Step 6 - Enable daemon mode

Daemon mode is essentially KMS running in the background and listening for pending transactions to sign and broadcast them.
  • Transactions are identified by your API key.
  • You can filter transactions by blockchain.
To enable daemon mode, enter the following code on your local server:
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tatum-kms daemon --path=wallet.dat --testnet --chain=BTC --api-key=your-testnet-api-key --period=10
You must enter the password to unlock the wallet storage. The password is required whenever you start the daemon or restart the daemon after it stopped.
By default, Tatum KMS checks for the pending transactions every 5 seconds using this API call. One API call consumes 1 credit from your monthly credit allowance.
You can change the frequency of the check using the period parameter.

Step 7 - Initiate a transaction and let KMS sign it

You can now send bitcoin from your address to any other address.
To do so, send a bitcoin transaction API request to Tatum.
Request (cURL)
Instead of a privateKey, enter a signatureId field that contains your signature ID from Step 4 - Store the private key to your wallet:
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curl --location --request POST 'https://api.tatum.io/v3/bitcoin/transaction' \
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--header 'x-api-key: your-tesnet-api-key-from-tatum' \
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--header 'Content-Type: application/json' \
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--data-raw '{
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"fromAddress": [
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{
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"address": "AAAA3JPvMuwgpKovMTjBBB", -> FROM STEP 3
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"signatureId": "QQQ-4b41-4ec9-b66c-WWW" -> FROM STEP 4
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}
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],
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"to": [
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{
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"address": "testnet-bitcoin-address",
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"value": 0.00001 -> AMOUNT OF BTC TO SEND
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},
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{
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"address": "AAAA3JPvMuwgpKovMTjBBB",
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"value": 0.00007 -> AMOUNT OF BTC TO CHANGE
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}
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]
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}'
As you can see, there was no private key or mnemonic anywhere in the request, nor was any other sensitive information required.
KMS now detects a new pending transaction, signs it locally and sends the transaction to the blockchain.
KMS must also mark the transaction as processed so that it will not be sent to the blockchain again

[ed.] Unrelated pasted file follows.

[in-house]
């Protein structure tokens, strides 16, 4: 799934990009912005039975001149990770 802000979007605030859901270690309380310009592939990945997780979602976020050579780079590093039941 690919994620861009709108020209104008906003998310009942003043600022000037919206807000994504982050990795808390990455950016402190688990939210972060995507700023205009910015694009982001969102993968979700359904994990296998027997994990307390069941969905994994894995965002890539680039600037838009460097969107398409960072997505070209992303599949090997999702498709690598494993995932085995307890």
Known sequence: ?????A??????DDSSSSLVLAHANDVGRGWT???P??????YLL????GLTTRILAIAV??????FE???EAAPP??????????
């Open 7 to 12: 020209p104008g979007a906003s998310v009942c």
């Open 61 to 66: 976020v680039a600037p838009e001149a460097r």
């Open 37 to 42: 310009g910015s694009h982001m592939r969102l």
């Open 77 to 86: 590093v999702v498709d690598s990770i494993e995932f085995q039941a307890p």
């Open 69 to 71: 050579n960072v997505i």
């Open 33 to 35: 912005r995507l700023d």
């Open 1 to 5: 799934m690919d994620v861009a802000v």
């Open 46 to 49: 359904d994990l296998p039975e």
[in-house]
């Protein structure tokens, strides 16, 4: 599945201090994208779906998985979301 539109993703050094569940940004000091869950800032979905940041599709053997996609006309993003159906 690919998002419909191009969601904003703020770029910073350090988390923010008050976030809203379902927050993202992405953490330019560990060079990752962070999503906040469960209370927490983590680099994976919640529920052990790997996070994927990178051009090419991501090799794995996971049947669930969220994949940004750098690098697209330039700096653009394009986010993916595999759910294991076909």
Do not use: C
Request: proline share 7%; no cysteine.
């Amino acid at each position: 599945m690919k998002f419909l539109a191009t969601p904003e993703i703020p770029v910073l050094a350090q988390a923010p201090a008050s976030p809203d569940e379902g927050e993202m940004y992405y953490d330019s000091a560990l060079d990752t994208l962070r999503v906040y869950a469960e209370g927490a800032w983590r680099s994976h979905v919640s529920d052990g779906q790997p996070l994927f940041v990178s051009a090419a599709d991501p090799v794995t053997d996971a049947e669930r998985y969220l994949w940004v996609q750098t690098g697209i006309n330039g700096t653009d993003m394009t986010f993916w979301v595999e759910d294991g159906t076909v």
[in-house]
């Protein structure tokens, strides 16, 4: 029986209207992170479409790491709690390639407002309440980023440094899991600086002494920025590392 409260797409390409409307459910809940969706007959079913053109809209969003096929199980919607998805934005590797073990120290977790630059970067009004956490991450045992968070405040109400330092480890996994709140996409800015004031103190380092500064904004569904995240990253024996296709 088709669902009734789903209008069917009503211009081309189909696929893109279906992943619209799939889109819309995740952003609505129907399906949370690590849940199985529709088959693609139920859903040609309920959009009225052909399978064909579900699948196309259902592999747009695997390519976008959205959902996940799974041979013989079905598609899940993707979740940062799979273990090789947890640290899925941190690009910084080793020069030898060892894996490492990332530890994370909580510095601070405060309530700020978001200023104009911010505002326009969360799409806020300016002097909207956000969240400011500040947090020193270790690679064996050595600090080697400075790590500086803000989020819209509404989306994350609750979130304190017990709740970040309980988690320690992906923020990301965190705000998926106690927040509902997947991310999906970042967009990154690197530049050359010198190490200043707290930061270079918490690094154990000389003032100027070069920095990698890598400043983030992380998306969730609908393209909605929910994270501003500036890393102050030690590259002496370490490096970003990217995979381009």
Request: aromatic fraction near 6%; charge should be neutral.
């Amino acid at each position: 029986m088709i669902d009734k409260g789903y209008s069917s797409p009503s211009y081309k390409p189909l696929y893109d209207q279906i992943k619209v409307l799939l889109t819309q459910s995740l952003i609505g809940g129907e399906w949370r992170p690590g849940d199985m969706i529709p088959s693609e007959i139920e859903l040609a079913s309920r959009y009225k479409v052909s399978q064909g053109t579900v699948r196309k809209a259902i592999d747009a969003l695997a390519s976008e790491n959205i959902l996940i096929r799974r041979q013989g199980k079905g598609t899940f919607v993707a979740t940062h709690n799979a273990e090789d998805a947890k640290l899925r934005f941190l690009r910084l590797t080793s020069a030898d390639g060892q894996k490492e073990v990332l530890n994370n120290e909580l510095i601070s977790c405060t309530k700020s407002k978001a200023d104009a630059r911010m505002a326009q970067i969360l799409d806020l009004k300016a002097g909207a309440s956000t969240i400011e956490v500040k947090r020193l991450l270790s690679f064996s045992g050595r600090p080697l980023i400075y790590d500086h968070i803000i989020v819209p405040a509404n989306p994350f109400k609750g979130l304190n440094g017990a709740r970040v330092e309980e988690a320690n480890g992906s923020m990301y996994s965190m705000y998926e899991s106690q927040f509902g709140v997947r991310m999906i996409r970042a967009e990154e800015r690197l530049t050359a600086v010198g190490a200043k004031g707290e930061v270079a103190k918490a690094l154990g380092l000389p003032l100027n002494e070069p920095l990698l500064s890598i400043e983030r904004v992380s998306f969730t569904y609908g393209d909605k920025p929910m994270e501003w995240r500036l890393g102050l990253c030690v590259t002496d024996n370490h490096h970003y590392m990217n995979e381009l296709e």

Response
When KMS picks up the pending transaction, it will output something like the following sample:
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Processing pending transaction - {
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"withdrawalId": null,
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"chain": "BTC",
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"serializedTransaction": "{\"hash\":\"81e62bdfbfc7bcb66c2a2f17335d033fd98b84c1188a7bb379a2dce9f1cda989\",\"version\":2,\"inputs\":[{\"prevTxId\":\"121702fd7acd1b2cca6bd19658009140730ba26ca67cd222c00f952a111e11f4\",\"outputIndex\":0,\"sequenceNumber\":4294967295,\"script\":\"\",\"scriptString\":\"\",\"output\":{\"satoshis\":2000,\"script\":\"76a914c8e668ee829837a2355c1e234a41f53f86b8156c88ac\"}}],\"outputs\":[{\"satoshis\":1000,\"script\":\"001487c70889f0a1d2f632d216a01472dde71f062aa7\"}],\"nLockTime\":0}",
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"hashes": [
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"b8eb99cd-ba04-4031-a65f-11d6420ebdd1"
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],
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"index": null,
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"withdrawalResponses": null,
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"id": "61fe7c68cf2fbc595cbb89dd"
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}.

Step 8 - Get transaction details

Using the KMS transaction ID from the id field of the response to the previous request (61fe7c68cf2fbc595cbb89dd in the example above), you can now use the Get transaction details endpoint to acquire the details of the transaction you have just performed.
Request
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curl --request GET
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--url https://api.tatum.io/v3/kms/61fe7c68cf2fbc595cbb89dd
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--header 'x-api-key: your-testnet-api-key-from-tatum'
Response
The response will contain the details of your transaction:
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{
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"withdrawalId": null,
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"chain": "BTC",
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"serializedTransaction": "{\"hash\":\"81e62bdfbfc7bcb66c2a2f17335d033fd98b84c1188a7bb379a2dce9f1cda989\",\"version\":2,\"inputs\":[{\"prevTxId\":\"121702fd7acd1b2cca6bd19658009140730ba26ca67cd222c00f952a111e11f4\",\"outputIndex\":0,\"sequenceNumber\":4294967295,\"script\":\"\",\"scriptString\":\"\",\"output\":{\"satoshis\":2000,\"script\":\"76a914c8e668ee829837a2355c1e234a41f53f86b8156c88ac\"}}],\"outputs\":[{\"satoshis\":1000,\"script\":\"001487c70889f0a1d2f632d216a01472dde71f062aa7\"}],\"nLockTime\":0}",
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"hashes": [
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"b8eb99cd-ba04-4031-a65f-11d6420ebdd1"
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],
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"index": null,
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"withdrawalResponses": null,
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"txId": "f7572ef070d381612b7594940cc73ec008e796b37a73ff031f3855d2a23c9ade",
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"id": "61fe7c68cf2fbc595cbb89dd"
The response contains a Bitcoin transaction ID in the txId field (f7572ef070d381612b7594940cc73ec008e796b37a73ff031f3855d2a23c9ade in the example above), which you can use to view the blockchain transaction in any Bitcoin blockchain explorer.